Book recommendation, “Duck Dreams”

Today it’s possible for a person to self-publish a book in an hour, it seems, and many people will never know the difference—unless they are librarians within the Carnegie Library of Pittsburgh or reviewers for the likes of Kirkus or School Library Journal. Neither the library system nor the national reviewers will review a self-published work, and for good reason. Most are simply terrible books.
But one exception is a book entitled Duck Dreams by the writer Dr. Elizabeth Segel. Elizabeth, belovedly called Betty, has an English PhD, has published several books with trade publishers, edited two wonderful volumes, and co-founded the extraordinary organization called “Beginning with Books.”
Duck Dreams underwent professional scrutiny by various editors and members of a bi-monthly writing group. Editors of large publishing houses were impressed enough with her book to take the time to give rare explanations for their eventual rejections. Betty took those comments completely to heart.
The result: a historical novel about a Jewish boy moving with his family out of the city to the suburbs where he begins to hone his skills as a farmer. Based on family stories from Betty’s husband, the Duck Dreams protagonist, Simon, struggles and succeeds and, above all, learns from his efforts. Simon’s adventures in this lovely novel give an amusing and poignant read.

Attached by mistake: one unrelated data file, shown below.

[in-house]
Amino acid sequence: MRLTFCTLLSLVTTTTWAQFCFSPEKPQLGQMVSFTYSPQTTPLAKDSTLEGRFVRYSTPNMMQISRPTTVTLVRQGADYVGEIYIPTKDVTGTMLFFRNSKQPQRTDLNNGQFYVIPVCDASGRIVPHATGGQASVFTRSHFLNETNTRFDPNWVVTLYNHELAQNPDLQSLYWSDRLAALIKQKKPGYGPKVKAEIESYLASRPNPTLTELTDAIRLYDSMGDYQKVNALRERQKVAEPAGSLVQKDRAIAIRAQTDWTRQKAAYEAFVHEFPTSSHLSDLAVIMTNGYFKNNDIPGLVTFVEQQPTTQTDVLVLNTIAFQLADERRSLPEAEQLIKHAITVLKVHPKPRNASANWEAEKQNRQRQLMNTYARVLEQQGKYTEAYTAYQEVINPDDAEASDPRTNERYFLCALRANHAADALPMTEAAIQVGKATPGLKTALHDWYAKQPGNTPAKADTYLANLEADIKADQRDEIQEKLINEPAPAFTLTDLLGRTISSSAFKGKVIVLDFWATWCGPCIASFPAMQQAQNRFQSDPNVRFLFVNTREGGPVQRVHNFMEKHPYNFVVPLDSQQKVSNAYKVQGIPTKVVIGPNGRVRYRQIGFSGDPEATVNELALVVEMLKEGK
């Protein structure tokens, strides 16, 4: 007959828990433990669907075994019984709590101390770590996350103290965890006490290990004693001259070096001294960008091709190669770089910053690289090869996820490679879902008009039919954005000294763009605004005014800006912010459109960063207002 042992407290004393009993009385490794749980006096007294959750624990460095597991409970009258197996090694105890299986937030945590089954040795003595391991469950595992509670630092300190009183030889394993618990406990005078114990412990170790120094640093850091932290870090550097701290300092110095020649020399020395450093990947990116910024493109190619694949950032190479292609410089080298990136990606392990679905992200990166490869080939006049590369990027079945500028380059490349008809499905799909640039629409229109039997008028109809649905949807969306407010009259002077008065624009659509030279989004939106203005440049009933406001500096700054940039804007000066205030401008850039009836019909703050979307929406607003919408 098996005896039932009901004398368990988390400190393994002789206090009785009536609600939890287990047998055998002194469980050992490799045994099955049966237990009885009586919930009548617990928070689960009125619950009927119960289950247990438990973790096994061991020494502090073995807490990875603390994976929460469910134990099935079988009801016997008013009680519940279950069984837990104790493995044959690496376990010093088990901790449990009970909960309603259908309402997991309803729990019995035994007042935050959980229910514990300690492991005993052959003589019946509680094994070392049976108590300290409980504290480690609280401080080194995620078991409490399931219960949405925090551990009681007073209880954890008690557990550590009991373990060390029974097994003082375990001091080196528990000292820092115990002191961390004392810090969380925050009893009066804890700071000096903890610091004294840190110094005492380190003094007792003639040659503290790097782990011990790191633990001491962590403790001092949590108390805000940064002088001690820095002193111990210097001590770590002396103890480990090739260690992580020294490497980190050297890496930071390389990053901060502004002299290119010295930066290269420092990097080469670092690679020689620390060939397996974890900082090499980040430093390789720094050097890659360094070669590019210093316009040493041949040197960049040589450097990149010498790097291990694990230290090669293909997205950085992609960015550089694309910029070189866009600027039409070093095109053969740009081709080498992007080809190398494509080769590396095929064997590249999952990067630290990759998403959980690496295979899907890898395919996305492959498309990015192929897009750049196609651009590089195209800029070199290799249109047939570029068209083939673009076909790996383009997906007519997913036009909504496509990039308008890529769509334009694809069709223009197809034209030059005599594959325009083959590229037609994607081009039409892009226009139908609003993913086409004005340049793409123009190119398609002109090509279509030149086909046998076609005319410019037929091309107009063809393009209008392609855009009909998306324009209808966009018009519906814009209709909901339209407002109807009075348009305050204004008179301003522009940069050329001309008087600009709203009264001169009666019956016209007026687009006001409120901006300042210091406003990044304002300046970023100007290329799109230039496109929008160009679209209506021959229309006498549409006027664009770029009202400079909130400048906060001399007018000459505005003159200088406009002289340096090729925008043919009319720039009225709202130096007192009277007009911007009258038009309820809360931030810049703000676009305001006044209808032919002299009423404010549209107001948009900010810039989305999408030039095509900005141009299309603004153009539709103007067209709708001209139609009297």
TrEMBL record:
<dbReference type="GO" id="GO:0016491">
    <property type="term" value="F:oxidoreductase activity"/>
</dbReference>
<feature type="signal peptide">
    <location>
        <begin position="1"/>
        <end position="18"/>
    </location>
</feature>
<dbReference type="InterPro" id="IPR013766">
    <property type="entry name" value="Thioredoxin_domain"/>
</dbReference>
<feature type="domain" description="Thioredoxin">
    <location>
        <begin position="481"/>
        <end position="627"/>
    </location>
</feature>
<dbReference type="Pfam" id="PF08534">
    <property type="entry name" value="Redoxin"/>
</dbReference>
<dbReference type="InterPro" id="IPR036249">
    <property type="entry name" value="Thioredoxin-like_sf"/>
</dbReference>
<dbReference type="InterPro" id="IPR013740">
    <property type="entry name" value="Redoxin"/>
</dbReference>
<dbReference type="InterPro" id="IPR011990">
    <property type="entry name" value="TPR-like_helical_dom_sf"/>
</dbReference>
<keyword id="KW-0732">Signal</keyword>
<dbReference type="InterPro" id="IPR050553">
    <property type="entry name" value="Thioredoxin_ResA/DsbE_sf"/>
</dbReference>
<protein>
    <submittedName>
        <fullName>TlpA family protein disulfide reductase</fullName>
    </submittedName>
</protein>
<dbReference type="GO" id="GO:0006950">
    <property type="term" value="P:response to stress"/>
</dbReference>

About Sally Hobart Alexander

Blinded at the age of twenty-six, I left California and elementary school teaching for life in Pittsburgh, Pa. There, I met my husband, got a Masters' degree in social work, had two kids, now 35 and 32, and became a writer. Surprisingly, the writing career led me full-circle to teaching, and I teach in Chatham University's M.F.A. program and lead two writing critique groups. Always, since the age of 26, I have traveled, not in the stereotypic darkness attributed to blindness, but a mist. My blog then, "traveling through the mist" will deal with issues in my culturally different life as a blind writer, teacher, speaker, and human being.
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